One of my favorite birding haunts is on Plum Island, Newburyport, MA. The Parker River National Wildlife Refuge is a prime Atlantic coast habitat for more than 300 species of birds. Our daughter and her family live less than an hour away so whenever we visit, I try to get over and check out the situation. The only problem is that dogs are not allowed at all and so it’s a hassle at times to find ways to leave Penny elsewhere. Like all refuges, a Senior Pass or a Federal Duck Stamp gets you in free.
I like to do some homework before I visit and one of the best sources is Tom Wetmore, who visits the refuge nearly every morning and keeps detailed records on his website. He has a wonderful “A Birder’s Guide to the Parker River NWR and Sandy Point SR on Plum Island” that you should download and print.
You can grab some of the same information from eBird but Tom tends to personalize it — and he often sees many notable birds first. The issue with eBird is that there are dozens of hotspots along the island so you need to check numerous sites. Here’s a map of some of the spots:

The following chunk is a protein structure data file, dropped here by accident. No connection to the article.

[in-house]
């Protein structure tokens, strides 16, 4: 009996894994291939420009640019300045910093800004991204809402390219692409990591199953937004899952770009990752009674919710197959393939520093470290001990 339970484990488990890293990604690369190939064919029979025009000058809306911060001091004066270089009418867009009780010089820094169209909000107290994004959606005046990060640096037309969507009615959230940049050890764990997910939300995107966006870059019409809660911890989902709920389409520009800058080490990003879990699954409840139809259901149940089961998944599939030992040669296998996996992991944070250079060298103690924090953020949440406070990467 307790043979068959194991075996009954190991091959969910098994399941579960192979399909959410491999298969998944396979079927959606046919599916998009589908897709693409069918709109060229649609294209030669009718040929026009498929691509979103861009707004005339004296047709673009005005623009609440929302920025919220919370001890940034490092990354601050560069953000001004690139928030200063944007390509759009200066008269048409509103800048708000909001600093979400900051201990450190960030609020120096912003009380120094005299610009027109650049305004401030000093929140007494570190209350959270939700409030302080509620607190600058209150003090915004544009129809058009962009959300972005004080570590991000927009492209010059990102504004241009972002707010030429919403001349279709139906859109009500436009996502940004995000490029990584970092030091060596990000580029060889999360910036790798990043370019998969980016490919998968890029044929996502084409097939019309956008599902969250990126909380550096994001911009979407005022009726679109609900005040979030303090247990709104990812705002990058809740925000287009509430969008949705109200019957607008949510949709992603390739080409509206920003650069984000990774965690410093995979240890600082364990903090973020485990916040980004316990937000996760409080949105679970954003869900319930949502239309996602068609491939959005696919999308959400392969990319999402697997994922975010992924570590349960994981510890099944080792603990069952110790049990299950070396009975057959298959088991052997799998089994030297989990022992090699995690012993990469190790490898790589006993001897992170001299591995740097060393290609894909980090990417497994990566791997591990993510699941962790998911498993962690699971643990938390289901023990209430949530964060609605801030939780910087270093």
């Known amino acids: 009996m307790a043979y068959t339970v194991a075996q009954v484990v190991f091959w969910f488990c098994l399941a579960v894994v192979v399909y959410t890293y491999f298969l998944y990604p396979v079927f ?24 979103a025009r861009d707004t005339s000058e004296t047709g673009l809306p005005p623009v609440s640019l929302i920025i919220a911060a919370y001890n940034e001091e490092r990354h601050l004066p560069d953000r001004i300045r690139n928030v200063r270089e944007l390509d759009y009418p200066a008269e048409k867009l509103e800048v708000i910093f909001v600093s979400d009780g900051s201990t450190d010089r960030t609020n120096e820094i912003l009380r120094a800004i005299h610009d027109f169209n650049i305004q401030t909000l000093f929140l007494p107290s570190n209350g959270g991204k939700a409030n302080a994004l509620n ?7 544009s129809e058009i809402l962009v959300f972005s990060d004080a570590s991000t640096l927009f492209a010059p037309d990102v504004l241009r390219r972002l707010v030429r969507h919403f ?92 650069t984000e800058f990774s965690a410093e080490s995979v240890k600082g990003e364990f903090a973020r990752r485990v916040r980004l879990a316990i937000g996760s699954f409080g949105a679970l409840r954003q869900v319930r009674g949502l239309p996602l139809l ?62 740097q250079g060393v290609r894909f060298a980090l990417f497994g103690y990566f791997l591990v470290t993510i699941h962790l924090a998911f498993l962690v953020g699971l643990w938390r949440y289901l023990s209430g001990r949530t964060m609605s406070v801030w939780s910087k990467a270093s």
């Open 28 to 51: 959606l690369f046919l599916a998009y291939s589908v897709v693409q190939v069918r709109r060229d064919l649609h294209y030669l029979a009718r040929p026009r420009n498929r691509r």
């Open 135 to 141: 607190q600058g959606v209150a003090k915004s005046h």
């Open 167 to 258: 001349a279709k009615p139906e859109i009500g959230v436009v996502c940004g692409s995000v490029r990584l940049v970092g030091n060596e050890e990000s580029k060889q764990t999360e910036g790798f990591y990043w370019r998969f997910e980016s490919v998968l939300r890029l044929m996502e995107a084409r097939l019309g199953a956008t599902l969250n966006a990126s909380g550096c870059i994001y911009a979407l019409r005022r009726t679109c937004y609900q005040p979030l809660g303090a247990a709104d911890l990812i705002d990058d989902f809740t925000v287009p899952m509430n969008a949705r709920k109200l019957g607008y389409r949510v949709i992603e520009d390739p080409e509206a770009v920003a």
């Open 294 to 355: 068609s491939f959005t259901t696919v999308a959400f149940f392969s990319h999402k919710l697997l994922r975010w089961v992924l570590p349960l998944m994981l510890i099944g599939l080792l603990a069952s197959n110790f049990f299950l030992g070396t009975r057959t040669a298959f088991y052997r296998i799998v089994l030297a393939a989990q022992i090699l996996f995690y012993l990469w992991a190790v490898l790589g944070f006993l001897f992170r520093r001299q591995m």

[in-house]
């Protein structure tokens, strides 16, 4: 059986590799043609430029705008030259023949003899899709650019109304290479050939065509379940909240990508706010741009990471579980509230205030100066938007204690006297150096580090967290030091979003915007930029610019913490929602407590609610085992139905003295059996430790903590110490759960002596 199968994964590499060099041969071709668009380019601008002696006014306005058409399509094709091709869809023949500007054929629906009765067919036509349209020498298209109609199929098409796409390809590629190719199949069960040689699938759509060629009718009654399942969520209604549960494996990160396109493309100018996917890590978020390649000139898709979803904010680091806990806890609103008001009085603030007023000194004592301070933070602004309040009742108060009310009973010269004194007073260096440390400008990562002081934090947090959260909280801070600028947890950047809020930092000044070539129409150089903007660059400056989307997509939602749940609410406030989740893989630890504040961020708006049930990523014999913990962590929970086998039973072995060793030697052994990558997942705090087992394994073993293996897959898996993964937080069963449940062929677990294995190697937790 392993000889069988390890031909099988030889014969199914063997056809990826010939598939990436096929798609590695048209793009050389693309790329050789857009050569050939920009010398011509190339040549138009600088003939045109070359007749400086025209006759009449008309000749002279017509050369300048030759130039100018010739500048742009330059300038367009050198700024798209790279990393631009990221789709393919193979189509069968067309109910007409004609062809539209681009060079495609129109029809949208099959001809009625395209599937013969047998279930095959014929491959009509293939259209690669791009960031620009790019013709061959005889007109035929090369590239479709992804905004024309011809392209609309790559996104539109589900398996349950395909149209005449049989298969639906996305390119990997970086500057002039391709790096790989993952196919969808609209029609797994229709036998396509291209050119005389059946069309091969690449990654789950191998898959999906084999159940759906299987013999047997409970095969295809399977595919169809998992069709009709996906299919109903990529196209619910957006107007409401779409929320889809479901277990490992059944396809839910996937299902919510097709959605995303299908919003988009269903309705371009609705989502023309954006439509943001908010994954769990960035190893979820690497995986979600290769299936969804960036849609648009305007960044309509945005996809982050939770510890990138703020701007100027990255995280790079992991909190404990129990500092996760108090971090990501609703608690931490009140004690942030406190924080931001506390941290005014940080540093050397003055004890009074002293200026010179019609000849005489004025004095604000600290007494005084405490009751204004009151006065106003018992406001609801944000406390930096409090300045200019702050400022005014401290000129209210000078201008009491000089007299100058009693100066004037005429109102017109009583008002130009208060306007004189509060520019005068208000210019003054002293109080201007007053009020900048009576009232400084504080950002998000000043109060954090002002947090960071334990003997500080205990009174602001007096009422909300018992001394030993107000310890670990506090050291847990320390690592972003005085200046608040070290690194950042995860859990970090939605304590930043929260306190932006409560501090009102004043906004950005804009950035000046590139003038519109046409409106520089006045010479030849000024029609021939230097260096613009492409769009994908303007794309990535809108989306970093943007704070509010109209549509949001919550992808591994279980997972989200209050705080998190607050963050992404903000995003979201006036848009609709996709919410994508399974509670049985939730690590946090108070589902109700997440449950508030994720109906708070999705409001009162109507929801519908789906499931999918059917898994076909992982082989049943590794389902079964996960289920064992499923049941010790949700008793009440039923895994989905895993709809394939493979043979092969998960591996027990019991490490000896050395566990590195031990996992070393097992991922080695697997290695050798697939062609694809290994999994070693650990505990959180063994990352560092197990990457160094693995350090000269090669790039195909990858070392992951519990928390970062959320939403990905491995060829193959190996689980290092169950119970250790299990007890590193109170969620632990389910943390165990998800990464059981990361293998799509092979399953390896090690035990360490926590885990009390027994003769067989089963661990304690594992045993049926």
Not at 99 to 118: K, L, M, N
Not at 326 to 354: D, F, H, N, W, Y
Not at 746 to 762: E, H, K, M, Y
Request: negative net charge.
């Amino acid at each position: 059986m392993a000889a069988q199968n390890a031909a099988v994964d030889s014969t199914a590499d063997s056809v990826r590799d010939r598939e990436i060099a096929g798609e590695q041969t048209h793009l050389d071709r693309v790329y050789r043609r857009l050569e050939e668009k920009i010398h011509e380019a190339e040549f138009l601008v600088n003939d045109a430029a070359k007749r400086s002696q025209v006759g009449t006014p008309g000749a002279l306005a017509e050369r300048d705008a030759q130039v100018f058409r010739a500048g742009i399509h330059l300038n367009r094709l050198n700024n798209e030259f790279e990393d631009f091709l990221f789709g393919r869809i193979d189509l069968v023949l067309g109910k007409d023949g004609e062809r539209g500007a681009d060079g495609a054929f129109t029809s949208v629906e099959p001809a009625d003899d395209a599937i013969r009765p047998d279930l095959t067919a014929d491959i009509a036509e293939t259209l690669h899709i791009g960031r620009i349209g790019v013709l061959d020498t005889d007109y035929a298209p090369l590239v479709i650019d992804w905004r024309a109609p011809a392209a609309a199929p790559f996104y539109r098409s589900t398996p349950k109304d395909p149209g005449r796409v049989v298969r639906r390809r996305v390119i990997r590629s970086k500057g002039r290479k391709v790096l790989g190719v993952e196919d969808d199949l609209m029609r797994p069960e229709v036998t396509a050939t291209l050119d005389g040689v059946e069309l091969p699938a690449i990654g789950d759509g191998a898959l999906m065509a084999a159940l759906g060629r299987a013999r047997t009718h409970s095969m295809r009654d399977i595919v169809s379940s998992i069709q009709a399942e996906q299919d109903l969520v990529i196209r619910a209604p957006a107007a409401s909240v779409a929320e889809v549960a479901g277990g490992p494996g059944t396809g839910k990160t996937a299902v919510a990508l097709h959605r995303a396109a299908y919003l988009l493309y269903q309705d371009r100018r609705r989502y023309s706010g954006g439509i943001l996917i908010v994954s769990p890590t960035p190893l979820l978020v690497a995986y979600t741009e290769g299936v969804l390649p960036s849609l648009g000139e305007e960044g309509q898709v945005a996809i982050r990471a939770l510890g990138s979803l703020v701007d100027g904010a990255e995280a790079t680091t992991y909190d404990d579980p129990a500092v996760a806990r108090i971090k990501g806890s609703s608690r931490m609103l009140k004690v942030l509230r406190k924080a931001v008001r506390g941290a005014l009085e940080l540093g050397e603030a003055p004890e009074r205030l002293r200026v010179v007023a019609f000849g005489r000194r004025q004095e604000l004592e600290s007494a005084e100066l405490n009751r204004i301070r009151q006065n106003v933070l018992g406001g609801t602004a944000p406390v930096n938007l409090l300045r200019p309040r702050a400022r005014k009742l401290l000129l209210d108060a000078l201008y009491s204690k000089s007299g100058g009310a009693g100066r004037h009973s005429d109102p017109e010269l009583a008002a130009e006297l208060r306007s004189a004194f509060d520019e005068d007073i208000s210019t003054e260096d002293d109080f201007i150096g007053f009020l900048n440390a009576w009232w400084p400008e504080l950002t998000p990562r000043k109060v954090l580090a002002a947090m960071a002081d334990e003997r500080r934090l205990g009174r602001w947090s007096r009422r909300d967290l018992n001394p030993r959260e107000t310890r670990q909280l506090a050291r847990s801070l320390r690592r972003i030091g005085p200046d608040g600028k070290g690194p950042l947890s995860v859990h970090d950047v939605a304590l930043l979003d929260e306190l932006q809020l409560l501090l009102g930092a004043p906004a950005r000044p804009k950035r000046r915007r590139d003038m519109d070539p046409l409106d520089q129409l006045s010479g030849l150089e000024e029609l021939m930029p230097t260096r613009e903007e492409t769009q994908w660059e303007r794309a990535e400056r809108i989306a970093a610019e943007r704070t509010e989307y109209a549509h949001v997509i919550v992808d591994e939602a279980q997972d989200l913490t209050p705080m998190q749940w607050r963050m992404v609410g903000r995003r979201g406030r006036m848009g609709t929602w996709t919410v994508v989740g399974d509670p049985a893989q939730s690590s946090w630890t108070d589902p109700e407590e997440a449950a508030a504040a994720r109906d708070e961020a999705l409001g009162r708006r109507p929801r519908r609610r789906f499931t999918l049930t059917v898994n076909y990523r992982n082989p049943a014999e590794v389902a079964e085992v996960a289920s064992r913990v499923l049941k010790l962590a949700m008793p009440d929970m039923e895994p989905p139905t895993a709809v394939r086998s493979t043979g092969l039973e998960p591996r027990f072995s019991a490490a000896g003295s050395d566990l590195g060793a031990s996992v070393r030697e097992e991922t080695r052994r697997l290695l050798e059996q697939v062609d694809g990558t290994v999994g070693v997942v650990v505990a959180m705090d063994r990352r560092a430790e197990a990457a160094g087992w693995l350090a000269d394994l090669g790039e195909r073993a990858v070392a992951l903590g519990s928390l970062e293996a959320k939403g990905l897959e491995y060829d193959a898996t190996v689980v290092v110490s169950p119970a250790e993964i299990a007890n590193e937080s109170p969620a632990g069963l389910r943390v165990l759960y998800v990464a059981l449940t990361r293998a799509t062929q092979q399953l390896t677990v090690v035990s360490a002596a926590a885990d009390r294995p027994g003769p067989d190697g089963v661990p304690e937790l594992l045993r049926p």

Parker River Refuge has a number of accessible sites and for someone unable to travel far, good birding in many spots along the access road. On a weekend, hundreds of slow-moving cars traverse the area although you have to watch out for folks heading to the state beaches at the end of island (outside the refuge). Some of them could care less for birds, or birders.
- Hundreds of migratory shorebirds, waterfowl and songbirds use the salt marsh and freshwater impoundments. Shorebird migration begins in July, with numbers peaking in August. photos by USFWS -Northeast
Peregrine falcons can be seen on the refuge from mid-September through November. In winter, the snowy owl returns – I saw my life bird there two years ago. Rough legged hawk and short eared owls can also be seen. Loons, grebes, scoters, and other waterfowl winter along the refuge shore.
Here’s how Tom Wetmore describes this neat spot:
If you are interested in only one specific group of birds you may be able to find a better spot in Massachusetts to see them, but if you are interested in finding the widest variety of birds from the widest variety of groups and on any day of the year there is no better spot to visit in the state than Plum Island.
Bird list: http://1.usa.gov/19zljMJ